Abstract

Practical optical fiber systems, both multimode and single mode, require connectors for terminating components, system configuration, testing, and maintenance. And in all types of system, from the long-haul large-capacity single-mode fiber systems to the large-core multimode fiber systems used in local area networks, the connectors must exhibit low insertion loss while also being cost effective. With the long-haul single-mode fiber systems, where fiber attenuation may be as low as 0.2 dB/km, it is obvious that the connector’s insertion loss can severely limit the distance between repeaters. Besides the connector's coupling efficiency other factors can also limit the span length. Reflections from connectors close to the transmitter may affect the longitudinal mode spectrum and noise characteristics of some laser transmitters and thereby cause system degradation. Also, high-loss connectors may cause higher-order modes to propagate, in short jumper cables, resulting in modal noise and its associated power penalty. Although these single-mode fiber systems usually employ a small number of connectors, for low insertion losses their 5–10-μm core diameters require fiber alignments of submicron accuracy. In contrast to these single-mode systems local area networks are being designed using large-core multimode fibers (at least today). These networks can be very connector intensive with as many as twenty or more connectors being used between transmitters and receivers. In addition, other optical components such as couplers, taps, and switches may also be used, and the combined losses of the components and connectors must be accommodated by the relatively low system gain provided by low-cost LED transmitters and PIN receivers. In these applications the connector’s performance and cost-effectiveness again must be balanced to achieve a practical resolution. A further consideration is that in all practical systems, both single mode and multimode, there exist applications that require both factory and field-installed versions of these connectors. It Is, therefore, important that field-Installable versions are available for all practical connector designs, Including those designed for single-mode fibers.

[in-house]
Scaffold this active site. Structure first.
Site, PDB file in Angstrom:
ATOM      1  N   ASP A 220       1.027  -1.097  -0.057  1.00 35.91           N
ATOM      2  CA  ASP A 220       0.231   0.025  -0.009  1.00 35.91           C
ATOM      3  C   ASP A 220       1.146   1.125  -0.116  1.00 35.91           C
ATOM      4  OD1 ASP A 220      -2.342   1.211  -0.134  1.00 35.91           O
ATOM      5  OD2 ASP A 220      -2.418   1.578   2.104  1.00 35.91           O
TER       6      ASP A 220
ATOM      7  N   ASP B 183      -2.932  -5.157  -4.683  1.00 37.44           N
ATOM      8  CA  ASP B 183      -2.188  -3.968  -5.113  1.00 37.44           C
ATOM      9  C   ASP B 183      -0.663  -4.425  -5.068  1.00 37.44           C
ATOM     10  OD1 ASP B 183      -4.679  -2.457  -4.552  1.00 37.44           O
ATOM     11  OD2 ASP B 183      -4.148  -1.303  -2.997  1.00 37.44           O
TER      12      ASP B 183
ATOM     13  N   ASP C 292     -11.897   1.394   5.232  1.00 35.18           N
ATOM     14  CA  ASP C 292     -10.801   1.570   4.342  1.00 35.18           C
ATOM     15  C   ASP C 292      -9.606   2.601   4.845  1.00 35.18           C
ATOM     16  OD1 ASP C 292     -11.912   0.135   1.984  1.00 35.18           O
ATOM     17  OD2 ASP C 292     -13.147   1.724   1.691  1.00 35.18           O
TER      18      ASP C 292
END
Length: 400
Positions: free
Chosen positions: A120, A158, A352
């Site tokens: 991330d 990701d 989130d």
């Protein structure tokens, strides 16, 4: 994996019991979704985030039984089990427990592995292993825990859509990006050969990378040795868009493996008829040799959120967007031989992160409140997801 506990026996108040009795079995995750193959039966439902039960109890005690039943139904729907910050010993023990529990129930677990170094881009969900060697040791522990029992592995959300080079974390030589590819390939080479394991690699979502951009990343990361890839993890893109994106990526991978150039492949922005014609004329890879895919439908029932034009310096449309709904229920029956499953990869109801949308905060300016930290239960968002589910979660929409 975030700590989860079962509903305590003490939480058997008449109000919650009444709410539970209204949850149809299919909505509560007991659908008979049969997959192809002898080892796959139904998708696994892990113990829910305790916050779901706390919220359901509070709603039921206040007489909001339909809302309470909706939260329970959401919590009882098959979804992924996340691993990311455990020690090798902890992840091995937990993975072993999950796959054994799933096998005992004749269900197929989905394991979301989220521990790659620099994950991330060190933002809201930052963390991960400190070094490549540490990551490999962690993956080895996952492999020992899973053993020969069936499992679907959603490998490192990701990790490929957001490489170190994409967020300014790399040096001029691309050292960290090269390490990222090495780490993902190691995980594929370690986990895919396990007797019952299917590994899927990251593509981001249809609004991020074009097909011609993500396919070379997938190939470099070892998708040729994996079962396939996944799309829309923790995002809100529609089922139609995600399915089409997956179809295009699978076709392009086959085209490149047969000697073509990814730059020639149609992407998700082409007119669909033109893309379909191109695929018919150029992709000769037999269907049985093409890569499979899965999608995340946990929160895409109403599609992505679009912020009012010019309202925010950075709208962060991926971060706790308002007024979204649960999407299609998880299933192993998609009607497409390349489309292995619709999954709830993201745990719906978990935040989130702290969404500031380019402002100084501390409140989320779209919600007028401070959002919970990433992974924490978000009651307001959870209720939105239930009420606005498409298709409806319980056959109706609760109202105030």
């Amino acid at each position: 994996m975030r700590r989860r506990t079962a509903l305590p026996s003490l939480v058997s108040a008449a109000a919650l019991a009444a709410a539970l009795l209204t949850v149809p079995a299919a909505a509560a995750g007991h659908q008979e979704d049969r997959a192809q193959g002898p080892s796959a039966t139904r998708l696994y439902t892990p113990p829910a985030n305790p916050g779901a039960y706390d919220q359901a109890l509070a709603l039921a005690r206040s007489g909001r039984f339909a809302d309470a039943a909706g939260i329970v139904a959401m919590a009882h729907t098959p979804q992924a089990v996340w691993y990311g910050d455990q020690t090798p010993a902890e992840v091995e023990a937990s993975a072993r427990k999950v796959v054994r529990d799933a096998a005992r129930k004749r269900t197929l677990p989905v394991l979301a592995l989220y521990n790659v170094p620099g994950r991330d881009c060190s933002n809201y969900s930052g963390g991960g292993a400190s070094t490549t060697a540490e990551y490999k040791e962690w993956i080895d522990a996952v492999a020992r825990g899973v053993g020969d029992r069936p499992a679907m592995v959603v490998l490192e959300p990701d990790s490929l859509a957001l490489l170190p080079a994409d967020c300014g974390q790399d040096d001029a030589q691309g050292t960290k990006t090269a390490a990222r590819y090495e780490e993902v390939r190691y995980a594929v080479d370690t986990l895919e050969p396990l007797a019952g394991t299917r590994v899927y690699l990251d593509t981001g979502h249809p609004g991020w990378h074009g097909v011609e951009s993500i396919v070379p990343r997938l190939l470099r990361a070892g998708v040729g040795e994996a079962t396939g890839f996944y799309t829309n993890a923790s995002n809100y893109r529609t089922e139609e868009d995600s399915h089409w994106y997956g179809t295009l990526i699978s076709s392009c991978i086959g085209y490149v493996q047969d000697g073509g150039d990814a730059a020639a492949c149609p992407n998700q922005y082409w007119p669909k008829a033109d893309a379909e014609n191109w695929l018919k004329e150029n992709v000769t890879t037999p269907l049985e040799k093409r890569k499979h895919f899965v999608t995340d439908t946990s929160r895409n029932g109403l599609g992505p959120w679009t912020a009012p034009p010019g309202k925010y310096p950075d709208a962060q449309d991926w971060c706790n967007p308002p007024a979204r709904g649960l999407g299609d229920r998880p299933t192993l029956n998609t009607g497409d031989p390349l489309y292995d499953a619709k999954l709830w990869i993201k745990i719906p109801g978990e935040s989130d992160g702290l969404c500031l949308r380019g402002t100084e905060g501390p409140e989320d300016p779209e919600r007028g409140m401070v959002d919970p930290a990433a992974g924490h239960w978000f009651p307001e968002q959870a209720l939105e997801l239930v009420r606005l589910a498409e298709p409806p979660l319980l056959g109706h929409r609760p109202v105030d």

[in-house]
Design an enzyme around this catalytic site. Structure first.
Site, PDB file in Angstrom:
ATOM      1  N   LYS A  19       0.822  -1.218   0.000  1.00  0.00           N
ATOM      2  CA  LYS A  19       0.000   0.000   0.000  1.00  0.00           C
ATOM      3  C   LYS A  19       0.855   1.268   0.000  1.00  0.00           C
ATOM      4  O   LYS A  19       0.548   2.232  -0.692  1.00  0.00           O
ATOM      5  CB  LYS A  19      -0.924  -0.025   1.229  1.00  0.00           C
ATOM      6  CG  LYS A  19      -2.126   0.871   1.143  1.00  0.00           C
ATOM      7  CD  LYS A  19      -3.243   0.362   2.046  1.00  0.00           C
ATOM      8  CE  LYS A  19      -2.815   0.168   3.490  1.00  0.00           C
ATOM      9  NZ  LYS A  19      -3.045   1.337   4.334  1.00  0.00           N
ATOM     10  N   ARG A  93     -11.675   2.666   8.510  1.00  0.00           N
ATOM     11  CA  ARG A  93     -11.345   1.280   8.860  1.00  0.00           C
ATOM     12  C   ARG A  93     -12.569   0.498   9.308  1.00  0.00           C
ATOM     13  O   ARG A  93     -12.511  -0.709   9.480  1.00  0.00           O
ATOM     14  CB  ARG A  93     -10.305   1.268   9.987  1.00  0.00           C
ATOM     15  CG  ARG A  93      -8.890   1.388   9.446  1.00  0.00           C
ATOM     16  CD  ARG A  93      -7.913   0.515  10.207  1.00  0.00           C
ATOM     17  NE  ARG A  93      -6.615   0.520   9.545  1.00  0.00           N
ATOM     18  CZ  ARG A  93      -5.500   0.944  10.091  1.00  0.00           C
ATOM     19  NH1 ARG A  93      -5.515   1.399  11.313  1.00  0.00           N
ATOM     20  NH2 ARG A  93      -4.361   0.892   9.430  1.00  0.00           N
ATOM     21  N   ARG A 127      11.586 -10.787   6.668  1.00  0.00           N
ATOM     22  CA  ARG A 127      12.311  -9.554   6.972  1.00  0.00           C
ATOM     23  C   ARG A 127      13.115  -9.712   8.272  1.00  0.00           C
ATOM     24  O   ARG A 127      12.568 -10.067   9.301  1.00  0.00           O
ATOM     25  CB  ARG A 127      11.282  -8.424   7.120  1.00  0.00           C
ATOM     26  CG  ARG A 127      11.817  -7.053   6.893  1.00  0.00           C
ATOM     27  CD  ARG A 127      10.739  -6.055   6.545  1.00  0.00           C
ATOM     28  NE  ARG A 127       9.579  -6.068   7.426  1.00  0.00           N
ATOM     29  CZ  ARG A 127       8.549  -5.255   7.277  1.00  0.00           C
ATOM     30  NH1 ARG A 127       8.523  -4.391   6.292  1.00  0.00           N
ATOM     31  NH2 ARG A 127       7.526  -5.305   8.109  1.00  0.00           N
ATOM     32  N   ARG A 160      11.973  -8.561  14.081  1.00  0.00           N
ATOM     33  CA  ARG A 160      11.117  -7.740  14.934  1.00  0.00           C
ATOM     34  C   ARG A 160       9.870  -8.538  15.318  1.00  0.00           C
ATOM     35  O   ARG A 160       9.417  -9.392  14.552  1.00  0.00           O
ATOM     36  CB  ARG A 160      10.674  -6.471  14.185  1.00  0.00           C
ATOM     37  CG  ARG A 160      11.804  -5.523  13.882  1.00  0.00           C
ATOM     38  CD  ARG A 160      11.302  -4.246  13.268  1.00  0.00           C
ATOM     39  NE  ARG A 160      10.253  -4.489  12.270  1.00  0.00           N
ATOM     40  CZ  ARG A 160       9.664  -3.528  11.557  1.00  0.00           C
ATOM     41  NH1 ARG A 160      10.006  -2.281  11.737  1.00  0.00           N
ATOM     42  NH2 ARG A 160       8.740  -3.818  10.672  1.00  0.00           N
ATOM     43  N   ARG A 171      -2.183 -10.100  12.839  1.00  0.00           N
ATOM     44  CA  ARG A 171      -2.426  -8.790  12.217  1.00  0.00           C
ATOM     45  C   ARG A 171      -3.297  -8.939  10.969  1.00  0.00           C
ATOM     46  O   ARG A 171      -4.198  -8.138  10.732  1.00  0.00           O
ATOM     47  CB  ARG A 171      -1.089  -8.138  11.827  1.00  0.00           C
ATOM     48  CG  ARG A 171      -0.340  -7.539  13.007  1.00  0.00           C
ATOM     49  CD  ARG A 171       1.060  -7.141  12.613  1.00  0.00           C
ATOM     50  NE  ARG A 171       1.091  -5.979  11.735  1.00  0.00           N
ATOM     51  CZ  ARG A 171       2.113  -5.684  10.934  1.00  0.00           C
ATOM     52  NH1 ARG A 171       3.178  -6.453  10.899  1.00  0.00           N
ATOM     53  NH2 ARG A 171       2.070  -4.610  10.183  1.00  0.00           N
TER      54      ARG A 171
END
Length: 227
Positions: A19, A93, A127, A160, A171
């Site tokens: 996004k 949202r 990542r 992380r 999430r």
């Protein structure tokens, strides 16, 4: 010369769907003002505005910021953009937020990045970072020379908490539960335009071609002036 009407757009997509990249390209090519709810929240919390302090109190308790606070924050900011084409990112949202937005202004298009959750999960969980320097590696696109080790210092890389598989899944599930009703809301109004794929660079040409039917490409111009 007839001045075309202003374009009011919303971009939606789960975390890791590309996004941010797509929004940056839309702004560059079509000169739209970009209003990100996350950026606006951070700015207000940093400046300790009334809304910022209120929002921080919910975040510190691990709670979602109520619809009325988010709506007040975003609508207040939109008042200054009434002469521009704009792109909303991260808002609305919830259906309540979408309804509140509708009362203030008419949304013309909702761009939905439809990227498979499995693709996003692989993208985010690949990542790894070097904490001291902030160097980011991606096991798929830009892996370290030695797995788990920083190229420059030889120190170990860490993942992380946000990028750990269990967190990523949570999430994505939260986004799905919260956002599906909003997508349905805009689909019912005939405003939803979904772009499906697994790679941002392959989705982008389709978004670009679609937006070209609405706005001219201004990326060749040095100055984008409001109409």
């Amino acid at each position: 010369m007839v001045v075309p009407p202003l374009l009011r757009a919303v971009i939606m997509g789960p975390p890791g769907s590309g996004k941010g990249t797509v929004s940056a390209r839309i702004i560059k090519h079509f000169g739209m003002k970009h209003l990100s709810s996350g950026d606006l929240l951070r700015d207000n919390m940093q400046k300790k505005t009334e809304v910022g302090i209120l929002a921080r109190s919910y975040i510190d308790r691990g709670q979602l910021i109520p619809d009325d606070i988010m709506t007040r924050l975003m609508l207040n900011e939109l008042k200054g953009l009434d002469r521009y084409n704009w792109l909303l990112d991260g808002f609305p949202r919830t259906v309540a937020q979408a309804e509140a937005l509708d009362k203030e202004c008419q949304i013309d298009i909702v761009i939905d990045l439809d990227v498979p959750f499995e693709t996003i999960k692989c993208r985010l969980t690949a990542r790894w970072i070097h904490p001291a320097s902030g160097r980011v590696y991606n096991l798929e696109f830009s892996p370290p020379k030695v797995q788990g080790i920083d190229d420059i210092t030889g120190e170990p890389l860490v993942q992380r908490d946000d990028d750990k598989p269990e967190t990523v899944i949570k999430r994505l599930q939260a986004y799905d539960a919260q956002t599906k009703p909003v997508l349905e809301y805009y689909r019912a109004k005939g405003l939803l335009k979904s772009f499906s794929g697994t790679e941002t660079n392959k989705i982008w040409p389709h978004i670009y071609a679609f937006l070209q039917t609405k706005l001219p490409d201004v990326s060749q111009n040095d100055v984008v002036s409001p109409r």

© 1985 Optical Society of America

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